Display Settings:

Format

Send to:

Choose Destination
See comment in PubMed Commons below
Microbiology. 1999 Dec;145 ( Pt 12):3419-29.

Novel phosphotransferase system genes revealed by genome analysis - the complete complement of PTS proteins encoded within the genome of Bacillus subtilis.

Author information

  • 1Department of Biology, University of California at San Diego, La Jolla 92093-0016, USA.

Abstract

Bacillus subtilis can utilize several sugars as single sources of carbon and energy. Many of these sugars are transported and concomitantly phosphorylated by the phosphoenolpyruvate:sugar phosphotransferase system (PTS). In addition to its role in sugar uptake, the PTS is one of the major signal transduction systems in B. subtilis. In this study, an analysis of the complete set of PTS proteins encoded within the B. subtilis genome is presented. Fifteen sugar-specific PTS permeases were found to be present and the functions of novel PTS permeases were studied based on homology to previously characterized permeases, analysis of the structure of the gene clusters in which the permease encoding genes are located and biochemical analysis of relevant mutants. Members of the glucose, sucrose, lactose, mannose and fructose/mannitol families of PTS permeases were identified. Interestingly, nine pairs of IIB and IIC domains belonging to the glucose and sucrose permease families are present in B. subtilis; by contrast only five Enzyme IIA(Glc)-like proteins or domains are encoded within the B. subtilis genome. Consequently, some of the EIIA(Glc)-like proteins must function in phosphoryl transfer to more than one IIB domain of the glucose and sucrose families. In addition, 13 PTS-associated proteins are encoded within the B. subtilis genome. These proteins include metabolic enzymes, a bifunctional protein kinase/phosphatase, a transcriptional cofactor and transcriptional regulators that are involved in PTS-dependent signal transduction. The PTS proteins and the auxiliary PTS proteins represent a highly integrated network that catalyses and simultaneously modulates carbohydrate utilization in this bacterium.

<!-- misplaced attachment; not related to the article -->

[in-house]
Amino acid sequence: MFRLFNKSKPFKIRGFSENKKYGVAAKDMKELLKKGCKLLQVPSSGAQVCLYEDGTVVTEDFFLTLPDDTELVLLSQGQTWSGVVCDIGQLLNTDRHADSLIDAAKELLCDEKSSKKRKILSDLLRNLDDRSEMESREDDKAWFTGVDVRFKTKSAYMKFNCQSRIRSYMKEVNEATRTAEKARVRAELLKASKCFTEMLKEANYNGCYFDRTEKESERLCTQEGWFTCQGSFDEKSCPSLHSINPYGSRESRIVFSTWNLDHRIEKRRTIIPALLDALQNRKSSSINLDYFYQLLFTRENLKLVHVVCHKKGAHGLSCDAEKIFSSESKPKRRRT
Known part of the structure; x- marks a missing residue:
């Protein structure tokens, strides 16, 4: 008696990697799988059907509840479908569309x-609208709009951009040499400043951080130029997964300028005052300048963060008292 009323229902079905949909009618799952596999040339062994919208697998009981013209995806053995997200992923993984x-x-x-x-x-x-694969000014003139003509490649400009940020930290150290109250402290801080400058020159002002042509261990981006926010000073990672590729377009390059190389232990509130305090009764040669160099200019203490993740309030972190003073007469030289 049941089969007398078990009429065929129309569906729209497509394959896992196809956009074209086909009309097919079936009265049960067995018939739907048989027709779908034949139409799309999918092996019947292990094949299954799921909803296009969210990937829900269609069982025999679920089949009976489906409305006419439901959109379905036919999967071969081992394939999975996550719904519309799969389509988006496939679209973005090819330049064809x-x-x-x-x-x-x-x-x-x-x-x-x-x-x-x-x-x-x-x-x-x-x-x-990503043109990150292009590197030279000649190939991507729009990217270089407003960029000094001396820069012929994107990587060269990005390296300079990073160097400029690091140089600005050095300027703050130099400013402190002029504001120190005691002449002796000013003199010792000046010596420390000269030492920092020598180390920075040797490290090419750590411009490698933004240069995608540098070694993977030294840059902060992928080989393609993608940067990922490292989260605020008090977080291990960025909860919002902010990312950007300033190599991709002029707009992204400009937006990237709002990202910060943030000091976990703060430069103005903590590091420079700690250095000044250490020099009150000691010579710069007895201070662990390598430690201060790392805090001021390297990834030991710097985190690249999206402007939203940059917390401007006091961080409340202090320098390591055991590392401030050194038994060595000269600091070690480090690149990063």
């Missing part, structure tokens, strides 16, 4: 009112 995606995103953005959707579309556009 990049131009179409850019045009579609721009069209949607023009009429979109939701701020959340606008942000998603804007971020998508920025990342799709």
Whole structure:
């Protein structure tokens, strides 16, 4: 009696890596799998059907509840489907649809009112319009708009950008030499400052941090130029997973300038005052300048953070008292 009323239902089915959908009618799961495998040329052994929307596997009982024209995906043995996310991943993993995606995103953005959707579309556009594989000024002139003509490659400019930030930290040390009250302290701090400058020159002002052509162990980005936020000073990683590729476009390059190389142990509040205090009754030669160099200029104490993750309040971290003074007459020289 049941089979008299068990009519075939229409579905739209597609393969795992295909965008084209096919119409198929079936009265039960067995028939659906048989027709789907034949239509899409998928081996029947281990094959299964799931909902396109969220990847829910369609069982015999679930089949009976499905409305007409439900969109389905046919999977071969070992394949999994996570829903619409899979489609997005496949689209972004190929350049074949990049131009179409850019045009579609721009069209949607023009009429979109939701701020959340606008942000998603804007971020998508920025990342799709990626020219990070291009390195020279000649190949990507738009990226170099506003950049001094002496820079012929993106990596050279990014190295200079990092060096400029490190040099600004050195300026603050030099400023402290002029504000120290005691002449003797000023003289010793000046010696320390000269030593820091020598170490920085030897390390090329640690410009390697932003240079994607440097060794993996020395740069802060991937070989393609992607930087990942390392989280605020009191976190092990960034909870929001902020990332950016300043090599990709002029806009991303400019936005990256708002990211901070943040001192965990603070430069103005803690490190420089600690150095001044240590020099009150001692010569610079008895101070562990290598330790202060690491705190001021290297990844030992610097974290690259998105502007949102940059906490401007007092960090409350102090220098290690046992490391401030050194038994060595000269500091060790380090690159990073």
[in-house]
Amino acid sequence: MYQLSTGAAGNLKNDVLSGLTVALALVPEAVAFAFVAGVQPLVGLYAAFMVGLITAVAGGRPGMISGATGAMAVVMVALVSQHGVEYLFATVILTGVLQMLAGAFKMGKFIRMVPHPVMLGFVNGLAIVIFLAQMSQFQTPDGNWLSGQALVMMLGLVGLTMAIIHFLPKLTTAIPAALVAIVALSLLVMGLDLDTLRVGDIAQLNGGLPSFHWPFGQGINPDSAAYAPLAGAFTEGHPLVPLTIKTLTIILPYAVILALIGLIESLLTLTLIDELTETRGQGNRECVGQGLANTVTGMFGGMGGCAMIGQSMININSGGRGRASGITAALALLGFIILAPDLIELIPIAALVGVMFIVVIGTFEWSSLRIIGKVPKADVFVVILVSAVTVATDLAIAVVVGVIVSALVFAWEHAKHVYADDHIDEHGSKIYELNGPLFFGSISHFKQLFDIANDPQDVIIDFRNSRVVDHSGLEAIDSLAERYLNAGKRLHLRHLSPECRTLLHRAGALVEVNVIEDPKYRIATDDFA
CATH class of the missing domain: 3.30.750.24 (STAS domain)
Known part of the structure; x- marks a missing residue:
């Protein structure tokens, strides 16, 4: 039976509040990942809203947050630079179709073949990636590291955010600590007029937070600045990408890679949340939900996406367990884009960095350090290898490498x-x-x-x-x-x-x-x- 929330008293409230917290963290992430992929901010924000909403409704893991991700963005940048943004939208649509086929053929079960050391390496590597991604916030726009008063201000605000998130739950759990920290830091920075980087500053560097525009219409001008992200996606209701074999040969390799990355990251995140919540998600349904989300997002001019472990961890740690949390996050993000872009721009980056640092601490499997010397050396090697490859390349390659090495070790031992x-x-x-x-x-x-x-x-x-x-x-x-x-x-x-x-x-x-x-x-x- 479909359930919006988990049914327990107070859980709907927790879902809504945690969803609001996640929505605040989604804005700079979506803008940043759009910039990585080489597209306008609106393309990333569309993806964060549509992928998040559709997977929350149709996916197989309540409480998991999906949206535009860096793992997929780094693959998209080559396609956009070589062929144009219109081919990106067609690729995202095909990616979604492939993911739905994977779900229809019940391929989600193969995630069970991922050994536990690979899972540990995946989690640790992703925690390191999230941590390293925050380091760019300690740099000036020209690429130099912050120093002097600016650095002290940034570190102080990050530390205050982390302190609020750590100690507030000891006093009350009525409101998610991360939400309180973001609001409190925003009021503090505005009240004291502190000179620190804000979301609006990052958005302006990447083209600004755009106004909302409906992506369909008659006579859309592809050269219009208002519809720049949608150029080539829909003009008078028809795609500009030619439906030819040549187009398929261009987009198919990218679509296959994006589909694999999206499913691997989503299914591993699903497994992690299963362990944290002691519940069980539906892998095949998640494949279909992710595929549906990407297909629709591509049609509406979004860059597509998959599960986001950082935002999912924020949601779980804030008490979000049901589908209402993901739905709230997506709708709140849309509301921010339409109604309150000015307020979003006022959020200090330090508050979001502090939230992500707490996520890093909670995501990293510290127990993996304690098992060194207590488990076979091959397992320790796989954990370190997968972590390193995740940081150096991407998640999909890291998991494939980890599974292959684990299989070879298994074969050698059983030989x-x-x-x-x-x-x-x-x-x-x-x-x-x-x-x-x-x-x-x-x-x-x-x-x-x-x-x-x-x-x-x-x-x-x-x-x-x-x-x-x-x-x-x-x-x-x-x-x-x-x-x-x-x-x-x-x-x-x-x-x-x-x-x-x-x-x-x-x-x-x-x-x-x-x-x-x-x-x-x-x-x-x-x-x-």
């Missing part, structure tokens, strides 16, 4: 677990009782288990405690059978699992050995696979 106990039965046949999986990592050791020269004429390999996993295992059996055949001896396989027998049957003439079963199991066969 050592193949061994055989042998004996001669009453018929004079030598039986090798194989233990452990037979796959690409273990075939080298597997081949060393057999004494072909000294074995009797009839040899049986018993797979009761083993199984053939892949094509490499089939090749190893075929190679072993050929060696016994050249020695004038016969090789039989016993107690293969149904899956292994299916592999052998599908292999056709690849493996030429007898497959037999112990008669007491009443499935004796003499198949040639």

PMID:
10627040
[PubMed - indexed for MEDLINE]
Free full text
PubMed Commons home

PubMed Commons

0 comments
How to join PubMed Commons

    Supplemental Content

    Full text links

    Icon for HighWire
    Loading ...
    Write to the Help Desk